Obsessive-compulsive disorder is a serious mental condition which complicates the lives of an increasing number of adults every day. Because of the serious nature of the disorder, many fear that their children will ultimately suffer from OCD if they (the parents) are suffering from it. Or, some parents, even if they haven’t been diagnosed with OCD, tend to see certain symptoms generally related to OCD in their kids -- and then they begin to fear that their children may be coming down with the condition.
The good news is, many of the seemingly odd grouping, sorting and organizing behaviors that aren’t normal for adults, are perfectly normal for toddlers. Typically, young children learn about the objects around them by organizing or dividing up their possessions in order to better understand them.
So, a toddler neatly setting aside groups of toys in particular patterns isn’t the equivalent of an adult doing the same thing. This of course isn’t because the activities are inherently different, but because the motivation behind them is different. Whereas incessant categorizing and organization in adults is a troubling indicator that perhaps they are resorting to particular rituals to cope with their OCD, in toddlers, this behavior is rather positive. It indicates that they are developing mentally and are learning to differentiate between various objects.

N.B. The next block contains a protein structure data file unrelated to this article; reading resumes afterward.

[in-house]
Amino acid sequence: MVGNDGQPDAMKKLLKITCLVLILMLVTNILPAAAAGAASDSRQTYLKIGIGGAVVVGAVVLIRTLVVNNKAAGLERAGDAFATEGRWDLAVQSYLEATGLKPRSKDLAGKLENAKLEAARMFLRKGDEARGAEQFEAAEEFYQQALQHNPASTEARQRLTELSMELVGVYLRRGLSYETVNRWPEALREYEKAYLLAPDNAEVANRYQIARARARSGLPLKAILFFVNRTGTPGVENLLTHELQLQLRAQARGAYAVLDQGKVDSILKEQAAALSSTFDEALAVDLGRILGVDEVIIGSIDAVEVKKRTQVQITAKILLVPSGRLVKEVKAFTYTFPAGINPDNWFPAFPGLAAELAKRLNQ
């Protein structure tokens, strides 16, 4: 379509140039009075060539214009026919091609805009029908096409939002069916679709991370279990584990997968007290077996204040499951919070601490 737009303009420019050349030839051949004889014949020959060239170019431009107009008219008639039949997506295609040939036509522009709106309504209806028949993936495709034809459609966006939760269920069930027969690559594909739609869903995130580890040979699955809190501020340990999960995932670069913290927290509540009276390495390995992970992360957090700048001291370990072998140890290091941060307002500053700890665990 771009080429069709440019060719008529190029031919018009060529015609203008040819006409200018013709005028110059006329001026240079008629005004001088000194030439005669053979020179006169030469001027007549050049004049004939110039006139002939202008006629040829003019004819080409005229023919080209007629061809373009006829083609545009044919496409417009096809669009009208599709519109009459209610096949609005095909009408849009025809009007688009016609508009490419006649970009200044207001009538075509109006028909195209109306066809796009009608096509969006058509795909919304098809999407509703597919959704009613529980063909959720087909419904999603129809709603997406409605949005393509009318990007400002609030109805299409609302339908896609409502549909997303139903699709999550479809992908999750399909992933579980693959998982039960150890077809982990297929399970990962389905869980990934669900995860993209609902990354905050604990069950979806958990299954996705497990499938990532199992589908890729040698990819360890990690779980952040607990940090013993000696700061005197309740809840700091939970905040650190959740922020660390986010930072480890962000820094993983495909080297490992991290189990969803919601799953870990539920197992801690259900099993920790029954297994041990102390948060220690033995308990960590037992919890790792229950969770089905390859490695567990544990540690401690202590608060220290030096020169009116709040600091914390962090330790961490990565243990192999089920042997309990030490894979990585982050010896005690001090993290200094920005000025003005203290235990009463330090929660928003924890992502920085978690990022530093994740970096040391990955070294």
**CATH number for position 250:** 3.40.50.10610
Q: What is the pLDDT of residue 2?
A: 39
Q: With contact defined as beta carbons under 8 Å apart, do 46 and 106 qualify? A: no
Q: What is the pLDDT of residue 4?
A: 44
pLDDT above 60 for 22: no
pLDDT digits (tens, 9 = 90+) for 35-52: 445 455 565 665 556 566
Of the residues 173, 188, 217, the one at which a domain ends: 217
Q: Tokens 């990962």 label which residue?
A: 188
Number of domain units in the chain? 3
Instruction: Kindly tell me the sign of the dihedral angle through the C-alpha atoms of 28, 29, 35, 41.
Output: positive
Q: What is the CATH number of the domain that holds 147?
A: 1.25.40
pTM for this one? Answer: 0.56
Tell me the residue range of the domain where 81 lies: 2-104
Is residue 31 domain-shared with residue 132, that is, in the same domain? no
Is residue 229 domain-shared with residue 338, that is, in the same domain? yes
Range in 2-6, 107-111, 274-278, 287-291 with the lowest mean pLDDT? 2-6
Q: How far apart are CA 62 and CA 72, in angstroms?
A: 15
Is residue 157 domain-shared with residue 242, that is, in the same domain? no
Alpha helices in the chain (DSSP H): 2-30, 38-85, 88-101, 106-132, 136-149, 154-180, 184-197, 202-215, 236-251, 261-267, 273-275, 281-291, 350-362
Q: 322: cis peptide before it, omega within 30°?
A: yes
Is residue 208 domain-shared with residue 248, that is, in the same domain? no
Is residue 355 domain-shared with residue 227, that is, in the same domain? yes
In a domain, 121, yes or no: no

The key thing to remember is that OCD is extremely rare in toddlers. This, of course, is particularly good news for parents because of the many OCD-like symptoms that young children tend to exhibit as they learn, grow and mature through their early years.
Nevertheless, mental physicians are there for a reason. If you have any doubts regarding the mental health or stability of your child, a simple check-up never hurts.